January 7, 2009
Spouting Off on Distribution
I regularly joke that you have to be some sort of masochist to want to be a filmmaker, and in a corroding economic climate like ours, anyone with a finished feature they're trying to peddle in the marketplace may as well kneel down and lash themselves with their own work print. With so many mini-majors folding, little money for advances to go around, more movies and less outlets to screen them, the odds are certainly stacked against the indie auteurs. And yet, as someone who has viewed the current commercial landscape through the eyes of both a filmmaker and distributor, I remain inspired that the creativity being put into alternative models and workarounds (at least until the real digital revolution hits us: a fast, cheap, accessible, HD quality one-stop shop for downloadable content in our living rooms, which is getting pretty damn close) may usher in Obama-style hope that we can hang on to. Until then, the other half of my lizard brain is skeptical that there are too many alternatives, making it difficult for viewers/filmmakers who can't keep up with what's available and valuable at any given time.
In a press release unveiled today, film news and discussion site Spout.com
announced a partnership with MeDeploy.com
to "offer independent filmmakers the opportunity to both connect with an audience and... allow that audience to purchase and download the filmmaker's movie directly" from the website. Spout has re-launched its Promote Your Film
page so that budding Soderberghs and Cassaveteses (I really want to put one more "es" at the end of that) post their films in the Spout database, and there you have it: one more outlet in a confusing sea of many. Is it just finding the audience that's the problem, or is there still an invisible Rosetta stone out there that can bridge filmmaking debt to success and even profitability?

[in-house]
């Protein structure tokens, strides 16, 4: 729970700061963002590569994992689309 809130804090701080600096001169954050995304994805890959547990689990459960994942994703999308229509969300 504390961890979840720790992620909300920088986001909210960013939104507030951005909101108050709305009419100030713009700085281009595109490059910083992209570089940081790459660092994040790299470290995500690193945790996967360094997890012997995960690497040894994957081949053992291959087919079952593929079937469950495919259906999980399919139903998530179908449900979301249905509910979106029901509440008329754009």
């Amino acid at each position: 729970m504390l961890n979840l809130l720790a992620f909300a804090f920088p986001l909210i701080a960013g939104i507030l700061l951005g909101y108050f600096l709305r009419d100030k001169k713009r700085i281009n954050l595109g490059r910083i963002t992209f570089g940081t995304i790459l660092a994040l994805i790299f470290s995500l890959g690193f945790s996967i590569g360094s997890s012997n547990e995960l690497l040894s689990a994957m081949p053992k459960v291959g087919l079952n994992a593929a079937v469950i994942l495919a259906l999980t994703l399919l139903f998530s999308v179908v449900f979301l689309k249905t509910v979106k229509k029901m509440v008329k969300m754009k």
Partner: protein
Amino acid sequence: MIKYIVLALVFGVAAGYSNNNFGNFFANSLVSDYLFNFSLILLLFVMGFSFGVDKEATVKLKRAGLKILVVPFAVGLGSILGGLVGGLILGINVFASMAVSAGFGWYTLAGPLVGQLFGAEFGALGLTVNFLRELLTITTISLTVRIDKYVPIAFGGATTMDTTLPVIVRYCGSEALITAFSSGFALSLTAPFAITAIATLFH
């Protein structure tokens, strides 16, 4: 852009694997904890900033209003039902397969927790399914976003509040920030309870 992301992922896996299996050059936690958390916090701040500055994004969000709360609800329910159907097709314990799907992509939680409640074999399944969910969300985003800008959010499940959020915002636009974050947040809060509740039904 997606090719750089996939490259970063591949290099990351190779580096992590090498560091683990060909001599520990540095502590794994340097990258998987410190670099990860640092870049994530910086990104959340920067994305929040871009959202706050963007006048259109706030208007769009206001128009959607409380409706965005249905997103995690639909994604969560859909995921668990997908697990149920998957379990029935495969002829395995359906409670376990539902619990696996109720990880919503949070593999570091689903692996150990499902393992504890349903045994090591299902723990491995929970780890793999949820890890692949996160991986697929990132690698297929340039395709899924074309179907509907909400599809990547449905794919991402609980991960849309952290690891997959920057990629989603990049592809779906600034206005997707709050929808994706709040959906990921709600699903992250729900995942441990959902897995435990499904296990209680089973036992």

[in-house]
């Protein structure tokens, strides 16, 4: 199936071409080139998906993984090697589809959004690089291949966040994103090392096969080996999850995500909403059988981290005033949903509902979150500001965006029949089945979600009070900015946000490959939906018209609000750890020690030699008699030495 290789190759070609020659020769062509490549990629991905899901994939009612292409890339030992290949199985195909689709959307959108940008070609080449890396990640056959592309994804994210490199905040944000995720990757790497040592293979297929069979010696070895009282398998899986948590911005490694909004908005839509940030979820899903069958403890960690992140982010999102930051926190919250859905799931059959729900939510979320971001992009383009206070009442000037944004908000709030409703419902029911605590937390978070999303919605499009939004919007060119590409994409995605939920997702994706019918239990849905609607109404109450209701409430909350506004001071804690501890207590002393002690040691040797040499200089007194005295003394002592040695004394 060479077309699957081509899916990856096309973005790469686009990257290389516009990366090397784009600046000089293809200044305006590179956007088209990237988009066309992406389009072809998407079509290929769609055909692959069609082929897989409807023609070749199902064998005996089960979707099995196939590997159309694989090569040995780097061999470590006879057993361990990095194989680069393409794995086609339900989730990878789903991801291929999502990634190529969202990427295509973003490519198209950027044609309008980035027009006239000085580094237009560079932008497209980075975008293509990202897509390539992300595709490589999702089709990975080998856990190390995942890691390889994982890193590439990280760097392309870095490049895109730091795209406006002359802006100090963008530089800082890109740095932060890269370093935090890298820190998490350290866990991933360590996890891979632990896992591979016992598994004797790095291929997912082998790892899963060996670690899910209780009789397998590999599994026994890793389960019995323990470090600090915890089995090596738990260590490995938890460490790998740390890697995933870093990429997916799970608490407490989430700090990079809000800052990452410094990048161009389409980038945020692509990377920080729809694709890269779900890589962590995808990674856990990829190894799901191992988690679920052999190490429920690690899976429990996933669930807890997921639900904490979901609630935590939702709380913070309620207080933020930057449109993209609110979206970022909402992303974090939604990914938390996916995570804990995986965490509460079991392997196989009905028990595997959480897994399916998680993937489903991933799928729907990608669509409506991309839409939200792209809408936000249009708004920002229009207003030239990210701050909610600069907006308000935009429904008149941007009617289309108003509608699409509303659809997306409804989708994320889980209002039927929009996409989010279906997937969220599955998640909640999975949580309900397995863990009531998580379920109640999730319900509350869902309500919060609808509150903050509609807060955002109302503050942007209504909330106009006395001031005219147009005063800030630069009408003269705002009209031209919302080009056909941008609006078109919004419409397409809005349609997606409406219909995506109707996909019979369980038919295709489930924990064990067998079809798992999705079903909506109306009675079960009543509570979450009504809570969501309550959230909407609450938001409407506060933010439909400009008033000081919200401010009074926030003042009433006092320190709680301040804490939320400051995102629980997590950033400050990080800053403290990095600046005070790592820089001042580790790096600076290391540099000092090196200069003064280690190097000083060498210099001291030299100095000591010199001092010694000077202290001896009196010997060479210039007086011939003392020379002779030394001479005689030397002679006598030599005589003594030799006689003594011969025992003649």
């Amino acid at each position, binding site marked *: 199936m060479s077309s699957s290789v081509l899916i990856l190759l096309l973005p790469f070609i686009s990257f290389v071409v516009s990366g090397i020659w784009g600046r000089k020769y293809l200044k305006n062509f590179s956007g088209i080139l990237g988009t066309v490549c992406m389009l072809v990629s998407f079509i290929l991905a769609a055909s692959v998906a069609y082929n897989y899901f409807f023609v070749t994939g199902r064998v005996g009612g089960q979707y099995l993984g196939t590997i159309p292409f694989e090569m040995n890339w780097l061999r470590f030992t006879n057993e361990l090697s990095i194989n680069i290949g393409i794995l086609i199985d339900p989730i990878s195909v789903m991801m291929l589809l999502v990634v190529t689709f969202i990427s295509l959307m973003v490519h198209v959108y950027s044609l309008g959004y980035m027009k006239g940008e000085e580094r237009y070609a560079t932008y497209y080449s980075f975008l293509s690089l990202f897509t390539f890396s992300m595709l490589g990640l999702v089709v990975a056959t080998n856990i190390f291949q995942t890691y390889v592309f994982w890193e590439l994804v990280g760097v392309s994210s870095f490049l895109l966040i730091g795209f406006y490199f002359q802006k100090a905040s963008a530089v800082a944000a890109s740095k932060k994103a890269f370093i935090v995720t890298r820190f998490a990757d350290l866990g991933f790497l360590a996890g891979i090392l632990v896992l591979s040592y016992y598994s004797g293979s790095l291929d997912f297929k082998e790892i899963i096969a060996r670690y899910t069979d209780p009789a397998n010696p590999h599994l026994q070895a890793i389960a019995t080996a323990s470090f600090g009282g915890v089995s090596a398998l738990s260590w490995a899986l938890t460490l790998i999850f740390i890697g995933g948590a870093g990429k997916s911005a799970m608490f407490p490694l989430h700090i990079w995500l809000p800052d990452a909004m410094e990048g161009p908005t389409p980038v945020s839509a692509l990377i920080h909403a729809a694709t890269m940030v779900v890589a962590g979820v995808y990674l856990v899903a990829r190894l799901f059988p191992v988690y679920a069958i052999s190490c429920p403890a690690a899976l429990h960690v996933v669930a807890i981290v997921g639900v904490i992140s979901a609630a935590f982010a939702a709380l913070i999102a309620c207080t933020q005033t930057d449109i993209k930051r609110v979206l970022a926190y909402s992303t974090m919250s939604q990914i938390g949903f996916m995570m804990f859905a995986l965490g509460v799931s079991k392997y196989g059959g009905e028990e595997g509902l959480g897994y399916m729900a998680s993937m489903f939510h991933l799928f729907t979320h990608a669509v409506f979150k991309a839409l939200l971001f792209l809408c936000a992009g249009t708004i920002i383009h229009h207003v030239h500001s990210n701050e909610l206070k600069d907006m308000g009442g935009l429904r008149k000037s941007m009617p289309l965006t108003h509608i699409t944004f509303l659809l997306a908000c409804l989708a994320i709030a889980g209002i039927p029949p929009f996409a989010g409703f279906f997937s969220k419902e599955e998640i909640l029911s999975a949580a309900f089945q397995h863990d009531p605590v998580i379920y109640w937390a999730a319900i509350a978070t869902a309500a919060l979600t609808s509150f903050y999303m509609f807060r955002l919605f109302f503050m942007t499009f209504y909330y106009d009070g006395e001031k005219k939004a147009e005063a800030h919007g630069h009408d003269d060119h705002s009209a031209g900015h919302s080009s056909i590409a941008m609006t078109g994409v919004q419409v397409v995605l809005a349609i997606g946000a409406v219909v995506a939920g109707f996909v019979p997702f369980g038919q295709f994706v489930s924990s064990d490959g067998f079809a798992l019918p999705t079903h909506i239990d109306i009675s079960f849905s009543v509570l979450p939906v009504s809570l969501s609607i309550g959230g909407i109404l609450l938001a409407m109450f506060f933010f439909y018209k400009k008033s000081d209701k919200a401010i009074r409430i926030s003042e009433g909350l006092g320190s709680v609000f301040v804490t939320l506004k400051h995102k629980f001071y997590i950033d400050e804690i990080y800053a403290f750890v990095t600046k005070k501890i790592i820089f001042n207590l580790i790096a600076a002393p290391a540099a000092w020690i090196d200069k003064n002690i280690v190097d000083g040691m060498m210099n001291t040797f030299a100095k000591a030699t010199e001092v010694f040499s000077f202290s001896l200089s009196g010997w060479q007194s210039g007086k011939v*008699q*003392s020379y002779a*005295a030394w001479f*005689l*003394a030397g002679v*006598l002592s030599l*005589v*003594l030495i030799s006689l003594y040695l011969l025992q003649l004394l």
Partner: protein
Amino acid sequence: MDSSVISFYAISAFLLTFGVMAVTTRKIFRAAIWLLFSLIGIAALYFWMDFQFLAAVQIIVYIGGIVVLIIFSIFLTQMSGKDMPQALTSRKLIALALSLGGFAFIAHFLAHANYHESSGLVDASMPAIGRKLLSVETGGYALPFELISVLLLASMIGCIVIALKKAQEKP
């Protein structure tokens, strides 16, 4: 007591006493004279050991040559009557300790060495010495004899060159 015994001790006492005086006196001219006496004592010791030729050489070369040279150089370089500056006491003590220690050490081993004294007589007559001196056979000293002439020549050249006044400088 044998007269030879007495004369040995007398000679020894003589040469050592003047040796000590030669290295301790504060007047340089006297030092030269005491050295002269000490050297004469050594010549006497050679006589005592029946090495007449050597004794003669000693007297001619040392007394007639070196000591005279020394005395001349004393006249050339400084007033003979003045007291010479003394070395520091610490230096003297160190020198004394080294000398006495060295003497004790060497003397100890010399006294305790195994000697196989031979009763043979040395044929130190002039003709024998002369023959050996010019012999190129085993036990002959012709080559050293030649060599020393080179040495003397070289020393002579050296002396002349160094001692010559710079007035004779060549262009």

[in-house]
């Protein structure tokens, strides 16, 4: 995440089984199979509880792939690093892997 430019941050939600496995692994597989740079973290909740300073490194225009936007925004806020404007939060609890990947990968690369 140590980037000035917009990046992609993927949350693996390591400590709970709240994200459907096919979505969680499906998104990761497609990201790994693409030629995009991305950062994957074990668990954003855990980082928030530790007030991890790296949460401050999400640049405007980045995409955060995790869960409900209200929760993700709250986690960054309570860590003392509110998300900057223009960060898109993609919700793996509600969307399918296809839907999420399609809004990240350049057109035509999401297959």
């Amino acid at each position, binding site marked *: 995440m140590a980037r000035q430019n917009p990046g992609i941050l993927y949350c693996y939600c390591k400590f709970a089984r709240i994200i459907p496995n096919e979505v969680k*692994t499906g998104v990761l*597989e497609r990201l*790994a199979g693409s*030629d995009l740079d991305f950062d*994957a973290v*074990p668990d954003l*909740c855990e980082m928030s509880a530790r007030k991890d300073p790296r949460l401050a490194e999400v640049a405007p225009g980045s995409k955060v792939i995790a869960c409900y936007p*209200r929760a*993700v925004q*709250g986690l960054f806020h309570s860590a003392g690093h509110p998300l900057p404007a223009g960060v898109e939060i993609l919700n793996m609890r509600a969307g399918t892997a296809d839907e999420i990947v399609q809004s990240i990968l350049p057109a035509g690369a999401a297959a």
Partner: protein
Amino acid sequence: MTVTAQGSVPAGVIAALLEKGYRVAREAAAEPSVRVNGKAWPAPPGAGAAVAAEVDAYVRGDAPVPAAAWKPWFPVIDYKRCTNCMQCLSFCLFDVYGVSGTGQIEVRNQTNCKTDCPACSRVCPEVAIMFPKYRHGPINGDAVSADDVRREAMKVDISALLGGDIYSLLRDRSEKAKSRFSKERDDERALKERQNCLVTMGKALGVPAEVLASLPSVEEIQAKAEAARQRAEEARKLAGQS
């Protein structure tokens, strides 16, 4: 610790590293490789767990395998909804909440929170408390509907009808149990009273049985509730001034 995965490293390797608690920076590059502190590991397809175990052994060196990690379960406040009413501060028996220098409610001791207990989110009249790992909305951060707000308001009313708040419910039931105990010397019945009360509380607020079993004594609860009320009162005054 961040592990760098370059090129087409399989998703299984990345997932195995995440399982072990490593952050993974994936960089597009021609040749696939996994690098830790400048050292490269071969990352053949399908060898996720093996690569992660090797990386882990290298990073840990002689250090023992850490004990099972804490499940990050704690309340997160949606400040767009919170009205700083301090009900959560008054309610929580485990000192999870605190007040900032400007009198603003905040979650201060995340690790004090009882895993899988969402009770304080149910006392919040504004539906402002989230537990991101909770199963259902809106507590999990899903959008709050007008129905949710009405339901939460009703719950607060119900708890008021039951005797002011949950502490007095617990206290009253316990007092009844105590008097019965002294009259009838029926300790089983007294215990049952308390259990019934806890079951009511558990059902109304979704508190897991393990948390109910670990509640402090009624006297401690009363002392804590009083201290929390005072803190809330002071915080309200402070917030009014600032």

Spout COO Bill Holsinger-Robinson himself says an important line in the release: "The Internet increasingly allows for a flat distribution playing field and for like-minded people to connect around mutual interests in communities of their own design." His angle is that the partnership will take advantage of both of these, and I suppose it could in theory, but I read "flat distribution playing field" as a half-empty glass, not as a pessimist but as a realist. I believe it's far harder to stand apart with hierarchies squashed and everyone standing on the same starting line, and so the question is really whether the availability of distribution outlets is the problem, so much as money (how to make it) and marketing (how to be unique enough to make said money). Not that commercialism should be the ultimate end goal for any passionate cinema scientist, but we all need to eat, right? I'd love film financiers to weigh in on this, because personally, I see parallels in the film industry to the wiping-out of the middle class, in which what might be left standing in this recession is a spectrum of extremes: Iron Man
vs. DIY shoestring-budgeters, with very little in between.
Am I wrong?
Posted by ahillis at January 7, 2009 8:53 AM